It was a chilly March night in a small Midwestern town. Maybe it was windy, because in my memory the Great Plains are always windy.
I had a room-and-board arrangement in the tiny upstairs of an old lady’s house. She was sweet, but bordering on senility. She was probably lonely and wanted my company, but I didn’t particularly enjoy hers and, at least initially, wished I could be anywhere else.
I had graduated from a Jesuit university the spring before and narrowly missed out on a teaching job in a large Catholic school in the city. That was where I wanted to be. But I needed a job and this small town Catholic school needed an English and history teacher. So, here I was, seemingly at earth’s end.
Advent began for me in that small upstairs bedroom. You might wonder what a windy, lonely night in March has to do with Advent. Advent, I think, can be more than the few weeks before the feast of Christmas, more than a liturgical season, although of course it’s all of that, too. Advent can be an idea born of hope.
Advent is the beginning. Advent is joyful expectation, when you accept that miracles happen, when you grasp what it means when we say we believe “in things seen and unseen.” Mostly, Advent is the time when we accept Jesus. What’s the point of this crazy season, this preparation, if we don’t think that this Jesus whose birth we celebrate was the best thing that ever happened? What does it all mean if we’re not waiting for him?
I had grown up Catholic on this side of the Second Vatican Council. But in the rural area where I lived, Vatican II hadn’t yet taken root. My childhood image of God was frightening. Yes, God was loving, but he had a brutal hell prepared for transgressors. My childhood confessions were full of angst, guilt, unhappiness.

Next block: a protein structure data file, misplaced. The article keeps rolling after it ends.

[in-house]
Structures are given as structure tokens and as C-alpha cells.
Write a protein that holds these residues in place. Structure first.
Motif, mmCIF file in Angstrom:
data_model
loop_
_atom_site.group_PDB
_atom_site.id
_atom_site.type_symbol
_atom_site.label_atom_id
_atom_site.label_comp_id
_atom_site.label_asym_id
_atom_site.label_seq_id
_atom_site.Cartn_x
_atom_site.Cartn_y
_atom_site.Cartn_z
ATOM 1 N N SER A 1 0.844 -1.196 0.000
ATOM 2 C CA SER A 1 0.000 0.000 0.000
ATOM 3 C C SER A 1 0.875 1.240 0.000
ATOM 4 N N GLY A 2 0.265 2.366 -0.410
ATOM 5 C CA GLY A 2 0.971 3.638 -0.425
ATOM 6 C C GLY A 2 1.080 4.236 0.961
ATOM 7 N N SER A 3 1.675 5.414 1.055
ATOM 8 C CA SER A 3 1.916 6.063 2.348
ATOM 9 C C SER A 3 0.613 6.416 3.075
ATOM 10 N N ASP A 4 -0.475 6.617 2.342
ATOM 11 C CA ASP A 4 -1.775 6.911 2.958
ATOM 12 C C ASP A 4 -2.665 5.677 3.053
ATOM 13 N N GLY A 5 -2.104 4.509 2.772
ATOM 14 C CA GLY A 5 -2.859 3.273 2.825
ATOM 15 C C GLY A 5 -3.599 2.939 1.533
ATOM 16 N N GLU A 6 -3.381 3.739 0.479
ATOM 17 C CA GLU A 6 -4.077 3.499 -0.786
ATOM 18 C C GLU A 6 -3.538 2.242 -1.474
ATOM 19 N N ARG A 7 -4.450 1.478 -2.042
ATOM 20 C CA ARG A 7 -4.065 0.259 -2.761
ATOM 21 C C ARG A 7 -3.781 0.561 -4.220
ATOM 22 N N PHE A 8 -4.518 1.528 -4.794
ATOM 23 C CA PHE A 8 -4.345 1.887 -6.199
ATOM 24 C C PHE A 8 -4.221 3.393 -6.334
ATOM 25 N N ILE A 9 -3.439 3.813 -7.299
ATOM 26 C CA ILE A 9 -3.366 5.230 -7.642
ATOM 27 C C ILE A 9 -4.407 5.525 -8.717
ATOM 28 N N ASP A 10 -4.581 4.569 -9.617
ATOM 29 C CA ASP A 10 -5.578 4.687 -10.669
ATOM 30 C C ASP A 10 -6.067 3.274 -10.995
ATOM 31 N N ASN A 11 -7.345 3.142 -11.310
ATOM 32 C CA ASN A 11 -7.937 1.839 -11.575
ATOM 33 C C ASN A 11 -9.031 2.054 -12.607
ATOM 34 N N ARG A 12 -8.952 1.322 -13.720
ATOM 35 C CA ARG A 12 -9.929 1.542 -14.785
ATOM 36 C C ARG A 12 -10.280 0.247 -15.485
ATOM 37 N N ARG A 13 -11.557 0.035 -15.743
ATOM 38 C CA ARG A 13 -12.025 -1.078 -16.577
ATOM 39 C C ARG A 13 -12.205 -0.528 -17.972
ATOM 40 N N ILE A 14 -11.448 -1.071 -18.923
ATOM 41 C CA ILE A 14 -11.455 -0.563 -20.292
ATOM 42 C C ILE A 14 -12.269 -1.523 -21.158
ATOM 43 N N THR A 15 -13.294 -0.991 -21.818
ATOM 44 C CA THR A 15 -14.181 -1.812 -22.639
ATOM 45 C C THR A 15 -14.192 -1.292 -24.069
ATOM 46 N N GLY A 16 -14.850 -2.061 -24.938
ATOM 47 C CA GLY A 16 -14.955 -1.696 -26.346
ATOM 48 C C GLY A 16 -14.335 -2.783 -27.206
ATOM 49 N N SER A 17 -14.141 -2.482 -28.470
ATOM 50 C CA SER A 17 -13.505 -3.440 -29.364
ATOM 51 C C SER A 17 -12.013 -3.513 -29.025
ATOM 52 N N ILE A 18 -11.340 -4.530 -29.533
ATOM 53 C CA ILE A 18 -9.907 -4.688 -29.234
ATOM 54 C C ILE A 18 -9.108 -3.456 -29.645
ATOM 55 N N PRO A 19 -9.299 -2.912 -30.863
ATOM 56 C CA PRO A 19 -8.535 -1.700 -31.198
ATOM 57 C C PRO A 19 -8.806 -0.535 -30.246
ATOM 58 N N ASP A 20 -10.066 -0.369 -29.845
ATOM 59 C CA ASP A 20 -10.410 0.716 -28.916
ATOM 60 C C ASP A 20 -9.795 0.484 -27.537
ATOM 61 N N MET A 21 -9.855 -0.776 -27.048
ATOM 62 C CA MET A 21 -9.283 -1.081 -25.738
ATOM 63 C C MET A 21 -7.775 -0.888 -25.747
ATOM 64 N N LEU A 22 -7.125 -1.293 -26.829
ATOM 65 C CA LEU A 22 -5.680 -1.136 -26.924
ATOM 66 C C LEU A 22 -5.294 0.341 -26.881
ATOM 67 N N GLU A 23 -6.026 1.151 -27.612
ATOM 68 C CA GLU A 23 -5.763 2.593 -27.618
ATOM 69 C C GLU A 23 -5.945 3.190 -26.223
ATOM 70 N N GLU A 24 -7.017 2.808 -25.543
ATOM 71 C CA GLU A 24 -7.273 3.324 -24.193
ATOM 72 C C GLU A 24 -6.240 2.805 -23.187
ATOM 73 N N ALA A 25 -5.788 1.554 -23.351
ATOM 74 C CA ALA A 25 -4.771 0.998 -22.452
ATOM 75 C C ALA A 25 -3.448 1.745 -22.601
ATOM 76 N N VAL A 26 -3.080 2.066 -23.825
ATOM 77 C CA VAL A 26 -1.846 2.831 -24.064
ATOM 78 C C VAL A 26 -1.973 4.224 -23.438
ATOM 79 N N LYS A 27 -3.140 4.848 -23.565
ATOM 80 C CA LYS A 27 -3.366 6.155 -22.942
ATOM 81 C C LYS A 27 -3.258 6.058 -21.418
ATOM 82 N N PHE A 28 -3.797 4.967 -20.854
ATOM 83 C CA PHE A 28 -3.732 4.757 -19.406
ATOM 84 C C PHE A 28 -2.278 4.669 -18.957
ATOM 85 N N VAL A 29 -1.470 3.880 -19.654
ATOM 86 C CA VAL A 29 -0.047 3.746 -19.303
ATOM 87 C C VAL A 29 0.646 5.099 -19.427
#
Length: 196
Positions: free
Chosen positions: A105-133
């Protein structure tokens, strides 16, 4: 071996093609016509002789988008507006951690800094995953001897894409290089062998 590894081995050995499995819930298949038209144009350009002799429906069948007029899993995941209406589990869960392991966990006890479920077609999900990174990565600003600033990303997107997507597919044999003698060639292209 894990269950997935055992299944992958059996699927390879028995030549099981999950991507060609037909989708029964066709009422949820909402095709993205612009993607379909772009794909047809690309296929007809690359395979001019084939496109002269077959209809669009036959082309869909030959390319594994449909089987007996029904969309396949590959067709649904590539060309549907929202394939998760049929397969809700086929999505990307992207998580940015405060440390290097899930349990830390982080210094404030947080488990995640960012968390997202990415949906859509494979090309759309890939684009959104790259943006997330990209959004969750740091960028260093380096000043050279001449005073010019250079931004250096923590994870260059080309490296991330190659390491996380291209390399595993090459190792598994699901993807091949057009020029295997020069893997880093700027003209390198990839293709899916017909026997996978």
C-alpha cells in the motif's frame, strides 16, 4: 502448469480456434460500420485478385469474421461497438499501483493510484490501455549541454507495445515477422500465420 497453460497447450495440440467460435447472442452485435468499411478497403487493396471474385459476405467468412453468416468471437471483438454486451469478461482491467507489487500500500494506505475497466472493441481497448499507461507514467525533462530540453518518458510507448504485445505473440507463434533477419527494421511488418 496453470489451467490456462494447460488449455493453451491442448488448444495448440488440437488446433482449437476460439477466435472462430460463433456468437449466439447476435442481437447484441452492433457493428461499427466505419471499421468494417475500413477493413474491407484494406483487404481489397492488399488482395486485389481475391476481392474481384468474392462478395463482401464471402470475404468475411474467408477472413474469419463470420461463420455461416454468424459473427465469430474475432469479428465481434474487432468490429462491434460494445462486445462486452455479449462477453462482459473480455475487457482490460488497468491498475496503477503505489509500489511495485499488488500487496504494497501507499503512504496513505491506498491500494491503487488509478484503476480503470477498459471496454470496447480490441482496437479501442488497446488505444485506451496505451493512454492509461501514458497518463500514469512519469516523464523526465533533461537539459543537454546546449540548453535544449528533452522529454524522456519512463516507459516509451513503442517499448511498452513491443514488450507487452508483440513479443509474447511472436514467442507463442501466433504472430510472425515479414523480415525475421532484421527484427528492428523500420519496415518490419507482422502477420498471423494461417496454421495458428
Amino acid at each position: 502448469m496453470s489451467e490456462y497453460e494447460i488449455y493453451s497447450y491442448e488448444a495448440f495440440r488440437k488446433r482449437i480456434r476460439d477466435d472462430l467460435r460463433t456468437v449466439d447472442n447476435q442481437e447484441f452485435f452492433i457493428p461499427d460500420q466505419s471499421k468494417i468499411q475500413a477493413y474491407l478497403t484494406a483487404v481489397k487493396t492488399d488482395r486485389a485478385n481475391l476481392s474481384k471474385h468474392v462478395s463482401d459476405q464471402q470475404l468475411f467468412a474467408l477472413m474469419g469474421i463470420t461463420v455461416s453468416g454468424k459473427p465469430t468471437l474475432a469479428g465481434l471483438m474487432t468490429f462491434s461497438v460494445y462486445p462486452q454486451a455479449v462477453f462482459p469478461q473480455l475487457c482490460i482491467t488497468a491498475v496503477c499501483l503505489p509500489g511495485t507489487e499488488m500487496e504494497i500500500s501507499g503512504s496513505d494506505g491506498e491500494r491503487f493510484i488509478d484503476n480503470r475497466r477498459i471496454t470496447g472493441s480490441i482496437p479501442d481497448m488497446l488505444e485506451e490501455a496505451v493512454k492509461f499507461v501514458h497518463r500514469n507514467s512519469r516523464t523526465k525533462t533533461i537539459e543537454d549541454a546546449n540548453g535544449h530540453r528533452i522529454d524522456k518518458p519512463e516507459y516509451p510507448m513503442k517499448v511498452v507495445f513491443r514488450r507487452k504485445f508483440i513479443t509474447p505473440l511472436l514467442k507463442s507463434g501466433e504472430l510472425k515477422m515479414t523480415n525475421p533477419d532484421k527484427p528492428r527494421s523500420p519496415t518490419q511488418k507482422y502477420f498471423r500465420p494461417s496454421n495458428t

This was long before the internet, and I realize now how woefully limited was my Catholic catechesis. So, when I got to college, I soaked in diverse ideas. I remember, as a 17-year-old freshman, being struck by James Joyce’s description of the Irish as “an unfortunate priest-ridden race.”
I left college thinking I must be agnostic but, remembering those images of hell, I kept going to Mass just in case.
This small town Catholic school was brimming with religious sisters and employed two full-time priests. Most of them were young and very kind to me. They drew from me, slowly and in embryonic stages, a new spirituality. They too were in the midst of change, growth and uncertainty in the turbulent wake of Vatican II. Nevertheless, they introduced me to a Jesus I had never really met.
So, on a night in March, as the school year labored on, I surrendered. I discarded my faltering agnosticism and, in some kind of act of faith whose words I no longer remember, I accepted Jesus.
I’m much older now. I’m not sure how well I’ve gotten to know this Jesus. I have friends who talk about casual conversations with him, but I often find myself sitting like a shy student in his classroom. Or like the character in Flannery O’Connor’s “Wise Blood,” seeing Jesus dart from tree to tree, “a wild ragged figure” in the back of my mind.
Nevertheless, despite me he’s been faithful. Meister Eckhart, the medieval mystic, said, “We are all meant to be mothers of God … for God is always needing to be born.” May God be born in and from each of us this Advent.